Newspaper article The Florida Times Union

Insane Clown Posse Has No Shortage of Enemies

Newspaper article The Florida Times Union

Insane Clown Posse Has No Shortage of Enemies

Article excerpt

NEW YORK -- Here's a distinction to strive for: the most despised musical act in America. Insane Clown Posse nominates itself.

Dumped by Disney and dissed by critics, this two-man rap outfit from Detroit is ignored by radio stations and can't get its videos near a TV screen. Yet its new album debuted at No. 4 in Billboard's album chart, and the group's concerts are crowded, particularly in the Midwest. The duo also performed last weekend at Woodstock '99.

It's the outlaw syndrome at work again.

"We're the most hated band in the world," said Violent J, the talkative clown.

J and his partner, Shaggy 2 Dope, sit in a Manhattan hotel room, wheezing slightly. It's a muggy day, and they're hanging out with buddies, but since a reporter is in the room, they hide behind warped circus masks.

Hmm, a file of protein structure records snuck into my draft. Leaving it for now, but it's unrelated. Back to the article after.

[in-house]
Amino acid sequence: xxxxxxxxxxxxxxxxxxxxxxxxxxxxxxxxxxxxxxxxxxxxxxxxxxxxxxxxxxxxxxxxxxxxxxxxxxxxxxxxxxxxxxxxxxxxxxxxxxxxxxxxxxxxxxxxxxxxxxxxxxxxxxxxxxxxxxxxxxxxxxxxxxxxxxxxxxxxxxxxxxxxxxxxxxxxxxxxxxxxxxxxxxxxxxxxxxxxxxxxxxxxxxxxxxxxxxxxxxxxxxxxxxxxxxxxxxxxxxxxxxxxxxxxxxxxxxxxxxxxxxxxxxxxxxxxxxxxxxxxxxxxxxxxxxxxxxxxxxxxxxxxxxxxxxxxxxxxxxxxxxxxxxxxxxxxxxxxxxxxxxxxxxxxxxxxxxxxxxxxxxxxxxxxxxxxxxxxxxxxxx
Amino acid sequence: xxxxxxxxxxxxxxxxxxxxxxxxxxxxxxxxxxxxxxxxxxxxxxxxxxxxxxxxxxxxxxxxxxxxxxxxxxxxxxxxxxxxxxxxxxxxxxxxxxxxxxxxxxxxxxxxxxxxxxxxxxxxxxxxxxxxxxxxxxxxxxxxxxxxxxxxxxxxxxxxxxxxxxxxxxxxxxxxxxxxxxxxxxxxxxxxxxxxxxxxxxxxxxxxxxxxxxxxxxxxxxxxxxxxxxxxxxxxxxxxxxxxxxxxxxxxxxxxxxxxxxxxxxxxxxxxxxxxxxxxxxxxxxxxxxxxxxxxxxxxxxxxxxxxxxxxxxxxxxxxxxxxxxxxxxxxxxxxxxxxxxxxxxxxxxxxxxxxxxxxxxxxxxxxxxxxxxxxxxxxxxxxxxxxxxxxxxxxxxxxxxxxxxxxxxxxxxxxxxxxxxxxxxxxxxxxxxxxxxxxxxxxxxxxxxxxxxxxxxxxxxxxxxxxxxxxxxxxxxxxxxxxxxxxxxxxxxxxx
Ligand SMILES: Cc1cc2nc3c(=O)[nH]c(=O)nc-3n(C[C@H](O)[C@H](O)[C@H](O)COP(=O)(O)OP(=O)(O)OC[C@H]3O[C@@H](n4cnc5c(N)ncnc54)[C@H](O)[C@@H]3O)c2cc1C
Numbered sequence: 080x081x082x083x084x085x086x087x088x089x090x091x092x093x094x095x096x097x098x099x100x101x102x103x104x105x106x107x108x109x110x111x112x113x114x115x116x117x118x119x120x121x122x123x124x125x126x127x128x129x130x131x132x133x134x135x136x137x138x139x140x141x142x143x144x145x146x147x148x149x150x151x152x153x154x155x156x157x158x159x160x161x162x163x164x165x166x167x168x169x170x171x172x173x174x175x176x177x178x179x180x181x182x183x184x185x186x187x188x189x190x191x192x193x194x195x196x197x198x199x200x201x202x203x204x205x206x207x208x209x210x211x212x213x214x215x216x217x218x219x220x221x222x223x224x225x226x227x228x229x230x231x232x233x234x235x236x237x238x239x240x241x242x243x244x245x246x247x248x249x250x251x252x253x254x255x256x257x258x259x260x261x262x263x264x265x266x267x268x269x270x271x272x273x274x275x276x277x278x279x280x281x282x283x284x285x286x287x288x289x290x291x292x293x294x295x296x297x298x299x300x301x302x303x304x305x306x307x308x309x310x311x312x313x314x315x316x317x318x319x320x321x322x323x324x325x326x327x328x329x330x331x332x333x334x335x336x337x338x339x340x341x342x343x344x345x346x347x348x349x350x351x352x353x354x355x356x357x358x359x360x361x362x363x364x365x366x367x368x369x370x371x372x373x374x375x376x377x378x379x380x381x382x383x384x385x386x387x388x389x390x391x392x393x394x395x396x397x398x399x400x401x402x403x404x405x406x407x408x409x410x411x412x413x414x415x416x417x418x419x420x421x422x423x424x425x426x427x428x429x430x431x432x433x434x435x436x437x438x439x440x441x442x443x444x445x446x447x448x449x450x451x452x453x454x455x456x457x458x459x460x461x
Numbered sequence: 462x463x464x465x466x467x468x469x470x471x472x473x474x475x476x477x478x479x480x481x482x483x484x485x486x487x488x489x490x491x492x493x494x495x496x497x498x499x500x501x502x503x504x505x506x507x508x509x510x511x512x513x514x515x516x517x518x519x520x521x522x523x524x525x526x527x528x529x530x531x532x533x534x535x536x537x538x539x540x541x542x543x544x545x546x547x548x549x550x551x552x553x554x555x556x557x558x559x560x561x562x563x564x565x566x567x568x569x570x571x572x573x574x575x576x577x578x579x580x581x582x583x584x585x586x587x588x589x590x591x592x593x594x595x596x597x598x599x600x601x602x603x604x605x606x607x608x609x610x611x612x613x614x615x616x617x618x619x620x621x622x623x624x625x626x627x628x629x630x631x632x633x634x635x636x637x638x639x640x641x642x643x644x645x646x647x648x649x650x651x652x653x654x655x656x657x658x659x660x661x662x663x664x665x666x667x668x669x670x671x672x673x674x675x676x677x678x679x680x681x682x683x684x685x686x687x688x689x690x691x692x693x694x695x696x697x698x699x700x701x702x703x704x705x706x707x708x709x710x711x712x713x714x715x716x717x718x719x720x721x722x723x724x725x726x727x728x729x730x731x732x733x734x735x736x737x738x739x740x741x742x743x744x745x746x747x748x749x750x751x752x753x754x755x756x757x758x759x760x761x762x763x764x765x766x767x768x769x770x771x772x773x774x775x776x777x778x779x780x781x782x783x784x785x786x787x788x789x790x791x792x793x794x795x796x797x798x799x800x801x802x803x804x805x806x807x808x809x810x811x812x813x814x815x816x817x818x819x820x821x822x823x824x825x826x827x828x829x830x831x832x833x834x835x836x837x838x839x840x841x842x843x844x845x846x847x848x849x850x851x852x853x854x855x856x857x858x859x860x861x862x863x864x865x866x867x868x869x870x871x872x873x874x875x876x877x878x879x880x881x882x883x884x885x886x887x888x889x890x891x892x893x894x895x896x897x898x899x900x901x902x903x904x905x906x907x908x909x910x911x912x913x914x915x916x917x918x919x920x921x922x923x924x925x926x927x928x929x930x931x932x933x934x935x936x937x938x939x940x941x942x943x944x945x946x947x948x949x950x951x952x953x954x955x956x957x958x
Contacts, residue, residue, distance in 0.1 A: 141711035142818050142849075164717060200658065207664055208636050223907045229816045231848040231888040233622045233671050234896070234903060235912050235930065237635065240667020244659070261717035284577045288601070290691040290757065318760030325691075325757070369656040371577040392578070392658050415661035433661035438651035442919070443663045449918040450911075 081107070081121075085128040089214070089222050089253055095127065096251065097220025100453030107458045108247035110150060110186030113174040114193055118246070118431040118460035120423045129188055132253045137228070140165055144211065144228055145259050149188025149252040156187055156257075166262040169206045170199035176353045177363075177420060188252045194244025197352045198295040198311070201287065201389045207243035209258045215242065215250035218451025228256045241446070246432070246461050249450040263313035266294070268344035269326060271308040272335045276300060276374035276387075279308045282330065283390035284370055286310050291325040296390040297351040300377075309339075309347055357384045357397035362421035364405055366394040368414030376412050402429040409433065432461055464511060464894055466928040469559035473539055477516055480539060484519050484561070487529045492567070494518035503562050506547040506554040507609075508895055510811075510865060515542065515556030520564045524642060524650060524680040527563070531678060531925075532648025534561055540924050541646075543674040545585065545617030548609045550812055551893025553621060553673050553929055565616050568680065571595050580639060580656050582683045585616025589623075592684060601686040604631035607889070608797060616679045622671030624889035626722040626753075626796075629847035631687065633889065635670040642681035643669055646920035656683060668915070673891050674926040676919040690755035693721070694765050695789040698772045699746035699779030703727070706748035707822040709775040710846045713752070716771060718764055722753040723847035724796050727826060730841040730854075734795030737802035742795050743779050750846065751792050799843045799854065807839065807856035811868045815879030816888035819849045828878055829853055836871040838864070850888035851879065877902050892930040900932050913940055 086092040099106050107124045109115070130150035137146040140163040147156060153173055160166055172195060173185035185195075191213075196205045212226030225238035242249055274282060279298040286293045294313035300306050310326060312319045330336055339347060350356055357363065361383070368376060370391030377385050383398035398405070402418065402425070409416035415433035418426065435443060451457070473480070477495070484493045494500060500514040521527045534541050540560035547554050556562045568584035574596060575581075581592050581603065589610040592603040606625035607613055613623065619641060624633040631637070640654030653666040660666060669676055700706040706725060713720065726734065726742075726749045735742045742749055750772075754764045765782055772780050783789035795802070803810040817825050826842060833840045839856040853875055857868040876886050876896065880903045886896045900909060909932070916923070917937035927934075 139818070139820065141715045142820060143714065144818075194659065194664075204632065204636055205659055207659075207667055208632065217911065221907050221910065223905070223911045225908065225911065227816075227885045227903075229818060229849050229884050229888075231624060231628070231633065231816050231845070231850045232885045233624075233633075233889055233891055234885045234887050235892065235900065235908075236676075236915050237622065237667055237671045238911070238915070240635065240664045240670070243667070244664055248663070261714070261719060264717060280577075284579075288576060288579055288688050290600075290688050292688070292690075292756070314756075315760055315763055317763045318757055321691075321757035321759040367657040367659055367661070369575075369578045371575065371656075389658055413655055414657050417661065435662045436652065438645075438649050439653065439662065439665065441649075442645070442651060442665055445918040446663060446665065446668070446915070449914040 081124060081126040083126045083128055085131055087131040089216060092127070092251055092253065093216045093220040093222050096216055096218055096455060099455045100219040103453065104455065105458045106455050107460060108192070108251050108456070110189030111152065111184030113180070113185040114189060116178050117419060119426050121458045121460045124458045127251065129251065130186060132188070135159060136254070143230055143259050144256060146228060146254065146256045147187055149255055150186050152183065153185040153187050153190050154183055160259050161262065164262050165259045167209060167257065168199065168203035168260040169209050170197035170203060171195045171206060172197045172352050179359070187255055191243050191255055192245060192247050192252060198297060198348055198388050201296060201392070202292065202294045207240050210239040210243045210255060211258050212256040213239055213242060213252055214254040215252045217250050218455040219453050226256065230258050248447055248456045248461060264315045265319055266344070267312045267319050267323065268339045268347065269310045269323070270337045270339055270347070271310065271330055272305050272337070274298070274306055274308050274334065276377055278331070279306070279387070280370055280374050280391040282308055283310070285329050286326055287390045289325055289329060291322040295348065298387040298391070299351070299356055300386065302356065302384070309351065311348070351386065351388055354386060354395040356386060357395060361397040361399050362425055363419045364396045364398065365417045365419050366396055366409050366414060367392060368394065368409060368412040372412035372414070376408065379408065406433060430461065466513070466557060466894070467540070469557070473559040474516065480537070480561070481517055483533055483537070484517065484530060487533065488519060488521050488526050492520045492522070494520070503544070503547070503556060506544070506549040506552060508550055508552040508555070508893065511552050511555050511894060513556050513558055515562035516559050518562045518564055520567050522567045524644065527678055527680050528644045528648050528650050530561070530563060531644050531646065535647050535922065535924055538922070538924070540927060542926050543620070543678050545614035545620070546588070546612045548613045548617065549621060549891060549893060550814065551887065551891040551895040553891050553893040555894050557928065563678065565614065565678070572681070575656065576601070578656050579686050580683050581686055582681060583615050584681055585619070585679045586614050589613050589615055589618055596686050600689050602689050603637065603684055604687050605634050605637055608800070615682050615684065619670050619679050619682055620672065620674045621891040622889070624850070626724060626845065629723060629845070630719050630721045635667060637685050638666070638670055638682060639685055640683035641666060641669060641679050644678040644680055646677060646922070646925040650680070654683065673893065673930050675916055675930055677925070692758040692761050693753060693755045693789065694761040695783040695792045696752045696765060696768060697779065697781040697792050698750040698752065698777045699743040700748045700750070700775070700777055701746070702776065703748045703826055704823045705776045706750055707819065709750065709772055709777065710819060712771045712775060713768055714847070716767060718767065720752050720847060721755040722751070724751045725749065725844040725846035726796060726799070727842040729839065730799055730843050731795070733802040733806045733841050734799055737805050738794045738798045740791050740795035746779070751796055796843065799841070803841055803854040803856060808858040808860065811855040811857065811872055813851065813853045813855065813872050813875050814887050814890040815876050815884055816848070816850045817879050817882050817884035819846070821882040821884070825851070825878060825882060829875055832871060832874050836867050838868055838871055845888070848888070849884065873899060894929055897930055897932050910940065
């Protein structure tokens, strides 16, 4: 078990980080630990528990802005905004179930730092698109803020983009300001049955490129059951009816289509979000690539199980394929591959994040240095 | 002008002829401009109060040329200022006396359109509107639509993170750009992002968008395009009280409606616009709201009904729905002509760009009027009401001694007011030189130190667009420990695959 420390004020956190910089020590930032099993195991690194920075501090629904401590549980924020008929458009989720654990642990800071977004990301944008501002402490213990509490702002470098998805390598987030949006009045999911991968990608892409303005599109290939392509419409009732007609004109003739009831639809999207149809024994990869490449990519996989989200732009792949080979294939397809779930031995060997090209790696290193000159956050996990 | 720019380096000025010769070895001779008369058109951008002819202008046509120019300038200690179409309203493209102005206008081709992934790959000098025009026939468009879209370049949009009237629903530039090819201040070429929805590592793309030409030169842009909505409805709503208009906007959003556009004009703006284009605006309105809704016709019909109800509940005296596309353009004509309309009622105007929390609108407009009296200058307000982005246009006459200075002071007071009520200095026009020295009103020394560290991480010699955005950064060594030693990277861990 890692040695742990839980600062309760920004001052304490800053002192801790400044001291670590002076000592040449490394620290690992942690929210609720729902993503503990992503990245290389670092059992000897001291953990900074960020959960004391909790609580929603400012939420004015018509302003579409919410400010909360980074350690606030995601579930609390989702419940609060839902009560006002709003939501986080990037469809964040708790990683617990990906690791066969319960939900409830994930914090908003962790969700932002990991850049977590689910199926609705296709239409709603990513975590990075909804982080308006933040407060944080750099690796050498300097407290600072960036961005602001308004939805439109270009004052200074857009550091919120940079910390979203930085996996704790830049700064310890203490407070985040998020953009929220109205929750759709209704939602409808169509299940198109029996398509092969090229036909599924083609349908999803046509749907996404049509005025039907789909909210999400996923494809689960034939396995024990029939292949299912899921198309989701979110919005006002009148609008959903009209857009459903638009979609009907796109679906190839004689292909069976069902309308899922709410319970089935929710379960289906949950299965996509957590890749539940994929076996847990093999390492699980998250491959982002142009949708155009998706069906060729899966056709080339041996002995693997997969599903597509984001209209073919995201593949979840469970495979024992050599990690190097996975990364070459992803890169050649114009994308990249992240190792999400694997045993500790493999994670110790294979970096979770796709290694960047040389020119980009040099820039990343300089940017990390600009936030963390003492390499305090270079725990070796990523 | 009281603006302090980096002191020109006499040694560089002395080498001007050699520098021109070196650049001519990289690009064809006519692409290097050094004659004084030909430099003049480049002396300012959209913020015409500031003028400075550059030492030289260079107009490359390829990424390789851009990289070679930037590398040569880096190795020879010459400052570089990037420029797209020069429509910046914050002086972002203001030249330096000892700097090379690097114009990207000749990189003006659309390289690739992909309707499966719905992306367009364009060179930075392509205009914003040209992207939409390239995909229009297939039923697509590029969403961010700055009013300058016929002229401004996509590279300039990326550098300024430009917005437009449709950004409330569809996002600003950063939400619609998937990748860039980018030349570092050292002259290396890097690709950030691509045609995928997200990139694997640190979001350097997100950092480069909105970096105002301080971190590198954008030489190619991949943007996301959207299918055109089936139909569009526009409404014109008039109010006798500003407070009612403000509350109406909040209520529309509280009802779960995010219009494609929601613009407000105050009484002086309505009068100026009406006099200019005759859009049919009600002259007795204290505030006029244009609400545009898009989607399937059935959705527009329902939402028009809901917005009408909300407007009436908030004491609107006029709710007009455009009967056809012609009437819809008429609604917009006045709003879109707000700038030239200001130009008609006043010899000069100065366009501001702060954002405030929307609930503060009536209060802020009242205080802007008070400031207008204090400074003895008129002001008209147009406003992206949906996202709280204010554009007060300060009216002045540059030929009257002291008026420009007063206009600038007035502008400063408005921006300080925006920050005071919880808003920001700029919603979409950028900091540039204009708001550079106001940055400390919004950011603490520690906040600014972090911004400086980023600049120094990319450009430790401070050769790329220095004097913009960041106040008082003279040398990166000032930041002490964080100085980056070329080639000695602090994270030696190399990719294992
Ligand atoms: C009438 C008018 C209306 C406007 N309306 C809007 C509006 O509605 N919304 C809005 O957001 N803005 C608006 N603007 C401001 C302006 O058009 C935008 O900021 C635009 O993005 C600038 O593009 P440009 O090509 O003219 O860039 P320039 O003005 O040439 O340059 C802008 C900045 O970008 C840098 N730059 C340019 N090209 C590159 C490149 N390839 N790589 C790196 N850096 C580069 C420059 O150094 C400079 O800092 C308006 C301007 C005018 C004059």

It's the daytime version of the clown makeup they wear onstage, and for all public appearances.

The two men sit astride a rather macabre, growing empire. In addition to CDs, Insane Clown Posse is releasing its own, straight-to-video movie this summer and even selling its own dolls. That's plastic J with the ax in his hand.

They don't even pretend to be musicians, rapping and laughing over backup tracks provided by their producer, Mike E. Clark. Predictably, much of the instrumental backing sounds like a slightly sinister circus.

(Cultural reference point for those over 30: Think Kiss for a generation weaned on rap and much harder to shock than youngsters who grew up in the 1970s.)

Insane Clown Posse has some eclectic musical tastes, even making the unfashionable admission that they're Michael Jackson fans. Its music mixes in some rock inspired by bands they admire, like Korn. Yet the group's embrace of rap is another indication that hip-hop's aggression and do-it-yourself ethos are what really appeal to their generation. …

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